Skepfeeds-The Best Skeptical blogs of the day

Repeat after me: Acupuncture does not do anything for hot flashes!

Posted in Skepdude by Skepdude on May 19, 2009

Why is it that every few months there has to be yet another worthless, badly designed study to make a ruckus about acupuncture and hot flashes? Or hypnosis and hot flashes? What is it about hot flashes that has people so intrigued? I have had entries in the past about hot flashes and alternative medicine (here, here and here are some examples). A new study has been published, yet again making the claim tha acupuncture works well to reduce hot flashes in menopausal women. Here we go again!

Objective: This study compared the effectiveness of individualized acupuncture plus self-care versus self-care alone on hot flashes and health-related quality of life in postmenopausal women.

Red Flag There was no control group! Giving one groups acupuncture and the other nothing does not constitute a control group. The control groups should have gotten fake acupuncture and self-care in order to be effective. The authors have no way of controlling for the placebo effect. The comparison between the two groups is rendered meaningles.

Methods: This study involved a multicenter, pragmatic, randomized, controlled trial with two parallel arms. Participants were postmenopausal women experiencing, on average, seven or more hot flashes per 24 hours during seven consecutive days. The acupuncture group received 10 acupuncture treatment sessions and advice on self-care, and the control group received advice on self-care only. The frequency and severity (0-10 scale) of hot flashes were registered in a diary. Urine excretion of calcitonin gene-related peptide was assessed at baseline and after 12 weeks. The primary endpoint was change in mean hot flash frequency from baseline to 12 weeks. The secondary endpoint was change in health-related quality of life measured by the Women’s Health Questionnaire.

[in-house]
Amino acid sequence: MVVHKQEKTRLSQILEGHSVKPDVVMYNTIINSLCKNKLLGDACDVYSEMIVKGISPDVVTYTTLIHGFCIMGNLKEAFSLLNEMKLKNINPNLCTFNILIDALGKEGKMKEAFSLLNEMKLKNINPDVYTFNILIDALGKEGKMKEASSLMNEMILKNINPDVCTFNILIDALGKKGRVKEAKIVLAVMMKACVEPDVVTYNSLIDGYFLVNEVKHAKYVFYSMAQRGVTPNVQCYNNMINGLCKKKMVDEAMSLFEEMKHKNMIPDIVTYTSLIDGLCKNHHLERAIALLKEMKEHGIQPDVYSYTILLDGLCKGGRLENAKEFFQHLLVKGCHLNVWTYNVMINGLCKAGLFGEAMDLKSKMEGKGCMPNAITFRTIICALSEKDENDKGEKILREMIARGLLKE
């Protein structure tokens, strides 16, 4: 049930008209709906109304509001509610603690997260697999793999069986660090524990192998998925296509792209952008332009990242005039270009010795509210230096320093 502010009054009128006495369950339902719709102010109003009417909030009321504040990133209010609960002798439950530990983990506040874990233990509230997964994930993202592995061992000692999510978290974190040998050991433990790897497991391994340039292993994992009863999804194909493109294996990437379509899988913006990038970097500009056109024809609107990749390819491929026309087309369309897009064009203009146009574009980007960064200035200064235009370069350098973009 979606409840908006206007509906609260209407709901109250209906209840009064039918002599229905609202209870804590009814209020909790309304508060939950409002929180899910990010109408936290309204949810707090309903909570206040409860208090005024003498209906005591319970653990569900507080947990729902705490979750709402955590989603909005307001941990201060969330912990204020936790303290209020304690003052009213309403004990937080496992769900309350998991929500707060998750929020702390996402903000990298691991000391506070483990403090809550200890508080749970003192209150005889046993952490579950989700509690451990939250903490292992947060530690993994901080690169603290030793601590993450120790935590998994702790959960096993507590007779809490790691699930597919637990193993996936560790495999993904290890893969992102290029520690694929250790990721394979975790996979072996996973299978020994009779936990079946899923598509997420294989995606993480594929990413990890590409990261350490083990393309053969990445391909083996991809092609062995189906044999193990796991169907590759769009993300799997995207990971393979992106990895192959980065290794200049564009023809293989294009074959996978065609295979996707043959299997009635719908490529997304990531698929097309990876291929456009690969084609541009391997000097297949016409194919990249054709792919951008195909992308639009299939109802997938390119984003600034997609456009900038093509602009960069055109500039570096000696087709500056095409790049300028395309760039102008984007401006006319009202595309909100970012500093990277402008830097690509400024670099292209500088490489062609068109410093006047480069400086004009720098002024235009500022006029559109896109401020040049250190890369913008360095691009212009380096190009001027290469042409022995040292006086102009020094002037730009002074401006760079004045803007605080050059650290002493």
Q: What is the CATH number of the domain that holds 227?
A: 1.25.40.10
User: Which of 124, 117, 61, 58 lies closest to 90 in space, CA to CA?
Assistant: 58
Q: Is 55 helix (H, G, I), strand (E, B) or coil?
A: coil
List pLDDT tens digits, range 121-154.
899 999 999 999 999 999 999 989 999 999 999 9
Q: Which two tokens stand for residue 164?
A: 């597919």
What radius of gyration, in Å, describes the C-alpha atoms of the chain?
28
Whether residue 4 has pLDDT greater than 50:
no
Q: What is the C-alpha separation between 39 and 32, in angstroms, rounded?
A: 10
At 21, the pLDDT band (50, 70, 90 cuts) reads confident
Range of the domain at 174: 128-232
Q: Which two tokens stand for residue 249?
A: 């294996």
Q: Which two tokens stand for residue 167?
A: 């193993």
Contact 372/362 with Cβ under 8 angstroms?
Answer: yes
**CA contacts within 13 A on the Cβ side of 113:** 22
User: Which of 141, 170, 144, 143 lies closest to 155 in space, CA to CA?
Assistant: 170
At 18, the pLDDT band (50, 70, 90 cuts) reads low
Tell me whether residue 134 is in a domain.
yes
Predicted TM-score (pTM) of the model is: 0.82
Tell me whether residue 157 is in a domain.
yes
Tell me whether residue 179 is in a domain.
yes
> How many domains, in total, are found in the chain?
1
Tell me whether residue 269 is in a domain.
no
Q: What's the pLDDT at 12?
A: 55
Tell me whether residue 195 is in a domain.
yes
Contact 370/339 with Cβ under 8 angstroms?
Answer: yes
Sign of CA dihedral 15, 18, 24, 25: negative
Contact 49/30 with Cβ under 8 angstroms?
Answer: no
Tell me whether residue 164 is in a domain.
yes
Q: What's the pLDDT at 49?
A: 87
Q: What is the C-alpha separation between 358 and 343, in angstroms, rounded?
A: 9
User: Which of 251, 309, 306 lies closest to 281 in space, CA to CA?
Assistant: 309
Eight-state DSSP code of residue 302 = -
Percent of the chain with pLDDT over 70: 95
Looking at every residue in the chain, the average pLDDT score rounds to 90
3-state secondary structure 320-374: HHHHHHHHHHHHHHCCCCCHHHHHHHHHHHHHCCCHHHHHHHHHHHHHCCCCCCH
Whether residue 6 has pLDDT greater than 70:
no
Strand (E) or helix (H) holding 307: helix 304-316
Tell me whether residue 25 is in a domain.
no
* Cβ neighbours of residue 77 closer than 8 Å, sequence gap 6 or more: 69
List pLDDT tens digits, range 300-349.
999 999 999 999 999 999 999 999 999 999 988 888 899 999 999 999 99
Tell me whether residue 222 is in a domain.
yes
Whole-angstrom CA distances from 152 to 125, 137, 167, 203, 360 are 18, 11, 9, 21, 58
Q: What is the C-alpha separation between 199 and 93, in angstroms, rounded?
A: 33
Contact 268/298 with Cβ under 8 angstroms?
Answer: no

Results: Hot flash frequency decreased by 5.8 per 24 hours in the acupuncture group (n = 134) and 3.7 per 24 hours in the control group (n = 133), a difference of 2.1 (P < 0.001). Hot flash intensity decreased by 3.2 units in the acupuncture group and 1.8 units in the control group, a difference of 1.4 (P < 0.001). The acupuncture group experienced statistically significant improvements in the vasomotor, sleep, and somatic symptoms dimensions of the Women’s Health Questionnaire compared with the control group. Urine calcitonin gene-related peptide excretion remained unchanged from baseline to week 12.

Conclusions: Acupuncture plus self-care can contribute to a clinically relevant reduction in hot flashes and increased health-related quality of life in postmenopausal women.

StopCareful wording, but insufficient to say the least. At the very least the authors should have mentioned that the way their study was designed, it was impossible for them to separate the placebo effect from any real effects due to accupuncture. It is such a glaring omission that it makes you wonder how it could have been missed? Do you want to bet the the sCAM crowd will jump all over this study, proclaming that yet another study shows acupuncture’s efficacy?  I give the authors a D for effort and an F for their science.


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